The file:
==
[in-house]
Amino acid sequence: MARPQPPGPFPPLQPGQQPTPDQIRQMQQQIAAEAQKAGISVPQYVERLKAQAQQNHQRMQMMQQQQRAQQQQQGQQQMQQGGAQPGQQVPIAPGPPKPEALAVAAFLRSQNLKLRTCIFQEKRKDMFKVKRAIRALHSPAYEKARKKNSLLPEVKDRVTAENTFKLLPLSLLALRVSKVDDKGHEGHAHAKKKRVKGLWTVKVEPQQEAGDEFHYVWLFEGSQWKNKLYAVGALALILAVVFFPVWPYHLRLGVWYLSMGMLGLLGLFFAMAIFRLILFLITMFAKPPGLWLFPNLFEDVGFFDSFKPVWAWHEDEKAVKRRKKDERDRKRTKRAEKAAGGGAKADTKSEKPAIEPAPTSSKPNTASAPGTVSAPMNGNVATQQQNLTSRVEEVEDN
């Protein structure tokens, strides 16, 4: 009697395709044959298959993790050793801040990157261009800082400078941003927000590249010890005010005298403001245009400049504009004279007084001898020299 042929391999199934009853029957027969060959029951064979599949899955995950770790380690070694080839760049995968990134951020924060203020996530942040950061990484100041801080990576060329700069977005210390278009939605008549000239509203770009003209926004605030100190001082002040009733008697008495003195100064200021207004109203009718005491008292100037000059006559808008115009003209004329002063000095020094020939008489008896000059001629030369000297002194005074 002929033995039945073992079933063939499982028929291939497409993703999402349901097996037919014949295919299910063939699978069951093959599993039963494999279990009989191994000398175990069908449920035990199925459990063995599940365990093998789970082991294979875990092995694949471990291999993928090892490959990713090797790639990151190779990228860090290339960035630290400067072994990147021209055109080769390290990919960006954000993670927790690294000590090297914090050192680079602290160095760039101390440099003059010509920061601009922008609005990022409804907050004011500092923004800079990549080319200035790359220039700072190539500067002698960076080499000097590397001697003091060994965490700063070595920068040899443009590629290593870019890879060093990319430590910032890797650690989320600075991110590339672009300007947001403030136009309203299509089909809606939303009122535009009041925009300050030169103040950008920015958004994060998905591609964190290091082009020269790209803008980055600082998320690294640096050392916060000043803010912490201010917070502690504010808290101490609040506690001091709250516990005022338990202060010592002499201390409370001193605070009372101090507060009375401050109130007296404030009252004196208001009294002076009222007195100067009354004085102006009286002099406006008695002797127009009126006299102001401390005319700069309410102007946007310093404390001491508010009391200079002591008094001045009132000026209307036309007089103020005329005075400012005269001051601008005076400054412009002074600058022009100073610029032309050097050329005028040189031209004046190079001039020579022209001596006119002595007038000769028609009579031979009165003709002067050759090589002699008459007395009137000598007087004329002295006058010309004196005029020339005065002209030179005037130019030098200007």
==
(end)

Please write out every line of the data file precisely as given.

[in-house]
Amino acid sequence: MARPQPPGPFPPLQPGQQPTPDQIRQMQQQIAAEAQKAGISVPQYVERLKAQAQQNHQRMQMMQQQQRAQQQQQGQQQMQQGGAQPGQQVPIAPGPPKPEALAVAAFLRSQNLKLRTCIFQEKRKDMFKVKRAIRALHSPAYEKARKKNSLLPEVKDRVTAENTFKLLPLSLLALRVSKVDDKGHEGHAHAKKKRVKGLWTVKVEPQQEAGDEFHYVWLFEGSQWKNKLYAVGALALILAVVFFPVWPYHLRLGVWYLSMGMLGLLGLFFAMAIFRLILFLITMFAKPPGLWLFPNLFEDVGFFDSFKPVWAWHEDEKAVKRRKKDERDRKRTKRAEKAAGGGAKADTKSEKPAIEPAPTSSKPNTASAPGTVSAPMNGNVATQQQNLTSRVEEVEDN
């Protein structure tokens, strides 16, 4: 009697395709044959298959993790050793801040990157261009800082400078941003927000590249010890005010005298403001245009400049504009004279007084001898020299 042929391999199934009853029957027969060959029951064979599949899955995950770790380690070694080839760049995968990134951020924060203020996530942040950061990484100041801080990576060329700069977005210390278009939605008549000239509203770009003209926004605030100190001082002040009733008697008495003195100064200021207004109203009718005491008292100037000059006559808008115009003209004329002063000095020094020939008489008896000059001629030369000297002194005074 002929033995039945073992079933063939499982028929291939497409993703999402349901097996037919014949295919299910063939699978069951093959599993039963494999279990009989191994000398175990069908449920035990199925459990063995599940365990093998789970082991294979875990092995694949471990291999993928090892490959990713090797790639990151190779990228860090290339960035630290400067072994990147021209055109080769390290990919960006954000993670927790690294000590090297914090050192680079602290160095760039101390440099003059010509920061601009922008609005990022409804907050004011500092923004800079990549080319200035790359220039700072190539500067002698960076080499000097590397001697003091060994965490700063070595920068040899443009590629290593870019890879060093990319430590910032890797650690989320600075991110590339672009300007947001403030136009309203299509089909809606939303009122535009009041925009300050030169103040950008920015958004994060998905591609964190290091082009020269790209803008980055600082998320690294640096050392916060000043803010912490201010917070502690504010808290101490609040506690001091709250516990005022338990202060010592002499201390409370001193605070009372101090507060009375401050109130007296404030009252004196208001009294002076009222007195100067009354004085102006009286002099406006008695002797127009009126006299102001401390005319700069309410102007946007310093404390001491508010009391200079002591008094001045009132000026209307036309007089103020005329005075400012005269001051601008005076400054412009002074600058022009100073610029032309050097050329005028040189031209004046190079001039020579022209001596006119002595007038000769028609009579031979009165003709002067050759090589002699008459007395009137000598007087004329002295006058010309004196005029020339005065002209030179005037130019030098200007």